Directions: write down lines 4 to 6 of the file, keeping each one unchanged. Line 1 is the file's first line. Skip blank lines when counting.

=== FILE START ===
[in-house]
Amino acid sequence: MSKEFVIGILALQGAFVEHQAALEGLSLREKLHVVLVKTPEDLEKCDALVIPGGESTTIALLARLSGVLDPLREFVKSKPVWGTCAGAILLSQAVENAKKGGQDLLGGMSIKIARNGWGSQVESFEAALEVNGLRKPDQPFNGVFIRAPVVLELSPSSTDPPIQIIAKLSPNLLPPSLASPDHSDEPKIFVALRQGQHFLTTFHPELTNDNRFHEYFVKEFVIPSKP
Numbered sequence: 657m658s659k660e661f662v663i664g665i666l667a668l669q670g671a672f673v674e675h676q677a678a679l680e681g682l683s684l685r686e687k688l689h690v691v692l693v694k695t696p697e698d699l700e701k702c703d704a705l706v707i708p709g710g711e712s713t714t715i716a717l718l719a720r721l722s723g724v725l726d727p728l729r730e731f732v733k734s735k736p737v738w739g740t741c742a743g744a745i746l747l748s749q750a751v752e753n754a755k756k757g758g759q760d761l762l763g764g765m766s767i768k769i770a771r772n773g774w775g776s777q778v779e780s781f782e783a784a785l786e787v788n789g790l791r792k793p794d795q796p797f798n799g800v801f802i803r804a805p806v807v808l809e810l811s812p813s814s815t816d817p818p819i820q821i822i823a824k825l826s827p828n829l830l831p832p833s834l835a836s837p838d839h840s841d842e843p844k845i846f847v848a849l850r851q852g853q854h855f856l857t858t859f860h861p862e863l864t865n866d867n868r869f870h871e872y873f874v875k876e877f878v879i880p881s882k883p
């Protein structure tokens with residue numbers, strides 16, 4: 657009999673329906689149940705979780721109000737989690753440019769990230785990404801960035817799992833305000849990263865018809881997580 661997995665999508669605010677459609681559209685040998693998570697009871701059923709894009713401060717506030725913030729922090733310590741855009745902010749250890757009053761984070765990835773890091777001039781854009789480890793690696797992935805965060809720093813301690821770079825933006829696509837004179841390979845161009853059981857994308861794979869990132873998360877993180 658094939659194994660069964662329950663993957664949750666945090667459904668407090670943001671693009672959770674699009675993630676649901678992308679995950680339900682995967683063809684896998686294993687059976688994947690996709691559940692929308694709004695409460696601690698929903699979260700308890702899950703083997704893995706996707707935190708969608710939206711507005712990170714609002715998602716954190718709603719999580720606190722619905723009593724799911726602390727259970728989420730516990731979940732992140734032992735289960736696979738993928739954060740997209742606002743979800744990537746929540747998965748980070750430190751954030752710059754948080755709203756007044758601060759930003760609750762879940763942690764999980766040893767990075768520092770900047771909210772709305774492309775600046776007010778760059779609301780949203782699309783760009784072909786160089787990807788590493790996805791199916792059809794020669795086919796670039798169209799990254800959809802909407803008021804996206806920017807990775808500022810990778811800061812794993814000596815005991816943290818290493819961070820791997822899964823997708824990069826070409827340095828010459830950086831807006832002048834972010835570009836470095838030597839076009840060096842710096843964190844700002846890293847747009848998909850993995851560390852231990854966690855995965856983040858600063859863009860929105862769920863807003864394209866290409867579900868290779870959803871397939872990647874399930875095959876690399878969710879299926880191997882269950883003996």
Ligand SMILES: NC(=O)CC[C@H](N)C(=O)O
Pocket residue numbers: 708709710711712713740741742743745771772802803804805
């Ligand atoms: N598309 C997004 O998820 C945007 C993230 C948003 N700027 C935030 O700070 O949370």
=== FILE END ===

């Protein structure tokens with residue numbers, strides 16, 4: 657009999673329906689149940705979780721109000737989690753440019769990230785990404801960035817799992833305000849990263865018809881997580 661997995665999508669605010677459609681559209685040998693998570697009871701059923709894009713401060717506030725913030729922090733310590741855009745902010749250890757009053761984070765990835773890091777001039781854009789480890793690696797992935805965060809720093813301690821770079825933006829696509837004179841390979845161009853059981857994308861794979869990132873998360877993180 658094939659194994660069964662329950663993957664949750666945090667459904668407090670943001671693009672959770674699009675993630676649901678992308679995950680339900682995967683063809684896998686294993687059976688994947690996709691559940692929308694709004695409460696601690698929903699979260700308890702899950703083997704893995706996707707935190708969608710939206711507005712990170714609002715998602716954190718709603719999580720606190722619905723009593724799911726602390727259970728989420730516990731979940732992140734032992735289960736696979738993928739954060740997209742606002743979800744990537746929540747998965748980070750430190751954030752710059754948080755709203756007044758601060759930003760609750762879940763942690764999980766040893767990075768520092770900047771909210772709305774492309775600046776007010778760059779609301780949203782699309783760009784072909786160089787990807788590493790996805791199916792059809794020669795086919796670039798169209799990254800959809802909407803008021804996206806920017807990775808500022810990778811800061812794993814000596815005991816943290818290493819961070820791997822899964823997708824990069826070409827340095828010459830950086831807006832002048834972010835570009836470095838030597839076009840060096842710096843964190844700002846890293847747009848998909850993995851560390852231990854966690855995965856983040858600063859863009860929105862769920863807003864394209866290409867579900868290779870959803871397939872990647874399930875095959876690399878969710879299926880191997882269950883003996």
Ligand SMILES: NC(=O)CC[C@H](N)C(=O)O
Pocket residue numbers: 708709710711712713740741742743745771772802803804805